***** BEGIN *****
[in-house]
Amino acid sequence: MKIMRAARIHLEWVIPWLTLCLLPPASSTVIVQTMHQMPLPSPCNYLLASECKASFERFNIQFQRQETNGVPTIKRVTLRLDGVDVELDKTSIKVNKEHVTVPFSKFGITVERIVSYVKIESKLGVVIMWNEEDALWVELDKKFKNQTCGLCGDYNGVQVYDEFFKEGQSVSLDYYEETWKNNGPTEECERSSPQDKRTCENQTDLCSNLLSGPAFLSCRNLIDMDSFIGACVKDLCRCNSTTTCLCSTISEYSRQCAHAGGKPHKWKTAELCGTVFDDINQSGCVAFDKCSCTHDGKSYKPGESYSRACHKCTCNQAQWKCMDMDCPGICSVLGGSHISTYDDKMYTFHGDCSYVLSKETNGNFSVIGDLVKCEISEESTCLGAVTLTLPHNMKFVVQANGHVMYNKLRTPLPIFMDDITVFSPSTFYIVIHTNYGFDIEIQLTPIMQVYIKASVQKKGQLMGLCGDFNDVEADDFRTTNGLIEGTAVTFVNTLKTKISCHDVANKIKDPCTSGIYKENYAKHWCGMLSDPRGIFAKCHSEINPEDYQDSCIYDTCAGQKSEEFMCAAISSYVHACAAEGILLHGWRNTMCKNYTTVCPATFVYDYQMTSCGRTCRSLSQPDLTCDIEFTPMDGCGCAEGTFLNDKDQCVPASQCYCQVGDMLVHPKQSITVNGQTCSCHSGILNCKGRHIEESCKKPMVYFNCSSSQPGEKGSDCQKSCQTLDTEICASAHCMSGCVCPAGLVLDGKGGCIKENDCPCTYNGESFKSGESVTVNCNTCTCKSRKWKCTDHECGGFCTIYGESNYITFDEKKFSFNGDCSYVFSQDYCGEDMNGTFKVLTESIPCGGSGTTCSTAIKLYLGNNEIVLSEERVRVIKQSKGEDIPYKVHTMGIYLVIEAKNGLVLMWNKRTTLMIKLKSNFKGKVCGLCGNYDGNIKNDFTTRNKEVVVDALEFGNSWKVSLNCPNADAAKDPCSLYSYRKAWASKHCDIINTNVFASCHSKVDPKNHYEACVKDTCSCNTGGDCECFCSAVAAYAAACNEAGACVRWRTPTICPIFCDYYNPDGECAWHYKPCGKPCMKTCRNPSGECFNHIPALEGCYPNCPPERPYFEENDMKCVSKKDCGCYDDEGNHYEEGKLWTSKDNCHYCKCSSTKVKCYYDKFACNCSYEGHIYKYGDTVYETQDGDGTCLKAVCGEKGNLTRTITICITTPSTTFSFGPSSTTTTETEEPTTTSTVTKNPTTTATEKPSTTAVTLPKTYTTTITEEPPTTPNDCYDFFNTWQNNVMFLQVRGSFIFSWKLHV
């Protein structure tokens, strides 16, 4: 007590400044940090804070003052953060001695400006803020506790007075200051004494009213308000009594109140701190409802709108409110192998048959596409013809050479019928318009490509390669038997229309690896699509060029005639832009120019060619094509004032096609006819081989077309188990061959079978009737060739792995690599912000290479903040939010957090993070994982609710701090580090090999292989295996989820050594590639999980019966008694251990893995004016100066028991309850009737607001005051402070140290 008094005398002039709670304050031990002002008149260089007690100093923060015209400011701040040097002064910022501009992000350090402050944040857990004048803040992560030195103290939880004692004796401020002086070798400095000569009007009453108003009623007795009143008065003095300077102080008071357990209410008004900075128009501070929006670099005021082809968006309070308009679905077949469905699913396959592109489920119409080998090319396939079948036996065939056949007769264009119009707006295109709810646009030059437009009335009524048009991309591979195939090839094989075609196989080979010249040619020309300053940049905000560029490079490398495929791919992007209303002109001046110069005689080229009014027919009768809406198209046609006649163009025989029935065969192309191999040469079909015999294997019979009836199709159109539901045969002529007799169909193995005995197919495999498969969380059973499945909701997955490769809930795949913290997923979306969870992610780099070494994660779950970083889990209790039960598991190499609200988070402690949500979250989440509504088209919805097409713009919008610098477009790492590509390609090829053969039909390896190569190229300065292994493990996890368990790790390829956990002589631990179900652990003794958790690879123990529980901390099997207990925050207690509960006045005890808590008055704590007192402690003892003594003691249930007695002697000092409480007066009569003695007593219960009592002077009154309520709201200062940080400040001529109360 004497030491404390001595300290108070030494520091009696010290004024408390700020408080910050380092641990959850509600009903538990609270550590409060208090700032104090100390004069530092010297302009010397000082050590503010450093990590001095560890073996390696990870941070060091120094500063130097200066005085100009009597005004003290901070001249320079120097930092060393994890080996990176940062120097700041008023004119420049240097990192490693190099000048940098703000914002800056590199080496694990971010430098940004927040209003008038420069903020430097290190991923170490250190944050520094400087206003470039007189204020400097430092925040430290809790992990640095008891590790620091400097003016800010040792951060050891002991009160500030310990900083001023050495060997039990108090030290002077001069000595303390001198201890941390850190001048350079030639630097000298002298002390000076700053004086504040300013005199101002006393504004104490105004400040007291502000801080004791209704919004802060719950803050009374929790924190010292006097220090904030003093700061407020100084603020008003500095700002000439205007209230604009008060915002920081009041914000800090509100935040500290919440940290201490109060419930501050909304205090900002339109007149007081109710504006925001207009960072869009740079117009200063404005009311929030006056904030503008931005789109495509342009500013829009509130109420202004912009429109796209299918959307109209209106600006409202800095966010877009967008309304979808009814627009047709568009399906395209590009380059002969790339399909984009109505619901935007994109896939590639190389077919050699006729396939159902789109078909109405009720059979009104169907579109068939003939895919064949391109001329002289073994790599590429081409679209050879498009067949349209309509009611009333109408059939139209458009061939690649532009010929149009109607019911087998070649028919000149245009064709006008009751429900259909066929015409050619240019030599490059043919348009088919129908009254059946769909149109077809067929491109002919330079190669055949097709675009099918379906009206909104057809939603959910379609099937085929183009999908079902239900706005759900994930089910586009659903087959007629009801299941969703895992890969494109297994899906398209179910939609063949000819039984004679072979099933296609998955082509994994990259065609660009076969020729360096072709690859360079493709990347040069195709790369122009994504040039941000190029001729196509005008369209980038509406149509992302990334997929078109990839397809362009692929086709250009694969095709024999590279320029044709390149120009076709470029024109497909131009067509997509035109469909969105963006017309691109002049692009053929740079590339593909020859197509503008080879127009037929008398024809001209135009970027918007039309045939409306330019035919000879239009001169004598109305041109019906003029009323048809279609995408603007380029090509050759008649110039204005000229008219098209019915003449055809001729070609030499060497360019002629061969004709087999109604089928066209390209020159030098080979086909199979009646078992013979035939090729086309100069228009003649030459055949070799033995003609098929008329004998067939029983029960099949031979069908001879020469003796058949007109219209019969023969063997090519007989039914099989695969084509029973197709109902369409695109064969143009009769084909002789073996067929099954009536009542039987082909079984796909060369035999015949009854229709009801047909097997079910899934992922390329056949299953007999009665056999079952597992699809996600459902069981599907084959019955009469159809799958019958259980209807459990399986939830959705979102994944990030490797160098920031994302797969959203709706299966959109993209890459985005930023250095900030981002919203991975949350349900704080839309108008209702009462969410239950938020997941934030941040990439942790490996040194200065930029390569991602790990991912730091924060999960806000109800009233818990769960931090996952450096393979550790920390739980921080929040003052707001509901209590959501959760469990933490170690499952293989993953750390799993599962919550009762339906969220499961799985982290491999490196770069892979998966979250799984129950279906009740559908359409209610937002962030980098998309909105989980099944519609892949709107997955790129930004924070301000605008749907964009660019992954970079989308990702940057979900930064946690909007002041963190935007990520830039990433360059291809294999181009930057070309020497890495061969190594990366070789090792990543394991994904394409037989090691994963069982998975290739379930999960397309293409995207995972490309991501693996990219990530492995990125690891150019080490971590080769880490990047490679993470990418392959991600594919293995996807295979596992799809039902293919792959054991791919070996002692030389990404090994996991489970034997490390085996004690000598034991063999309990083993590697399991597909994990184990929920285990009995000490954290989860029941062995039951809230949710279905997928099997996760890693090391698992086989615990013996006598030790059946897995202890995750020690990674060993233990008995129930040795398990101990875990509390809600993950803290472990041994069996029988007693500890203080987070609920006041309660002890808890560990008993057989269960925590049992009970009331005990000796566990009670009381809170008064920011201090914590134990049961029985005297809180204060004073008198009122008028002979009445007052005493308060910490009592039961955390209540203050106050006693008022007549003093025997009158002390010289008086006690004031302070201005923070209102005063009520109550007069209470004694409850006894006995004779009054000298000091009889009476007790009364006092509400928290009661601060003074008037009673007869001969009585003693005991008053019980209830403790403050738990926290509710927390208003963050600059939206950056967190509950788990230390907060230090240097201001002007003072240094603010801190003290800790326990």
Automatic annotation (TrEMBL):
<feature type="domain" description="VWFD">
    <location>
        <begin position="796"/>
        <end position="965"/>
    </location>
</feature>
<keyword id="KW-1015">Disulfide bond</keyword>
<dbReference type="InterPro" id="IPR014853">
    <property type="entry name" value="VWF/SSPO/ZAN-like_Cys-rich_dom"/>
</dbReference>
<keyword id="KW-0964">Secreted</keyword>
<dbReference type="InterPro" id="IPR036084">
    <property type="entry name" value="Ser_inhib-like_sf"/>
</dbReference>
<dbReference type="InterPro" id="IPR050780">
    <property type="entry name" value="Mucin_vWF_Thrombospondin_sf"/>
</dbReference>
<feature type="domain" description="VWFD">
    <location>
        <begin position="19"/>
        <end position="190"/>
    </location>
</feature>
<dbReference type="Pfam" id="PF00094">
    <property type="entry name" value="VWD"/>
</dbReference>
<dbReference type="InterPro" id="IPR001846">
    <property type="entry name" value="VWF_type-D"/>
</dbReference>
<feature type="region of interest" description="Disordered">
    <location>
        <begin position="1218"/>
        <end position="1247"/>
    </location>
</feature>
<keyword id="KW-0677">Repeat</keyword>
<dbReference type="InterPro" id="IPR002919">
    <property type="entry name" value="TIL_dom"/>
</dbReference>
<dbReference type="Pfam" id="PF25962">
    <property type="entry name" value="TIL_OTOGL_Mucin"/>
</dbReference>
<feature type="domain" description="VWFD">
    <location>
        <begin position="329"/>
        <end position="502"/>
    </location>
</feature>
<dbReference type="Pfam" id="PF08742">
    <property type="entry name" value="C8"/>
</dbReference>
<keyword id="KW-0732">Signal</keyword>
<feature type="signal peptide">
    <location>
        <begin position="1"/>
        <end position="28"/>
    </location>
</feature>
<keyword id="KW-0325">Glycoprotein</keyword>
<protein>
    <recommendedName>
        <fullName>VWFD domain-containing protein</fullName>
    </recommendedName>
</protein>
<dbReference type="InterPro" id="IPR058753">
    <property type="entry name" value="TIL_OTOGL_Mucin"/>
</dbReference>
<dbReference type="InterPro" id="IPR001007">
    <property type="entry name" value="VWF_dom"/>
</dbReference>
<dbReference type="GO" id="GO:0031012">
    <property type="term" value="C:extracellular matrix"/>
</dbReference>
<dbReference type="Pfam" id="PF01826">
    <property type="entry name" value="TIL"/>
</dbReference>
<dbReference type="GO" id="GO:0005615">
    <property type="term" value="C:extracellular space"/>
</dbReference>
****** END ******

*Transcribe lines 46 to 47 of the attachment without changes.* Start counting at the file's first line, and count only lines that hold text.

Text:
</dbReference>
<feature type="domain" description="VWFD">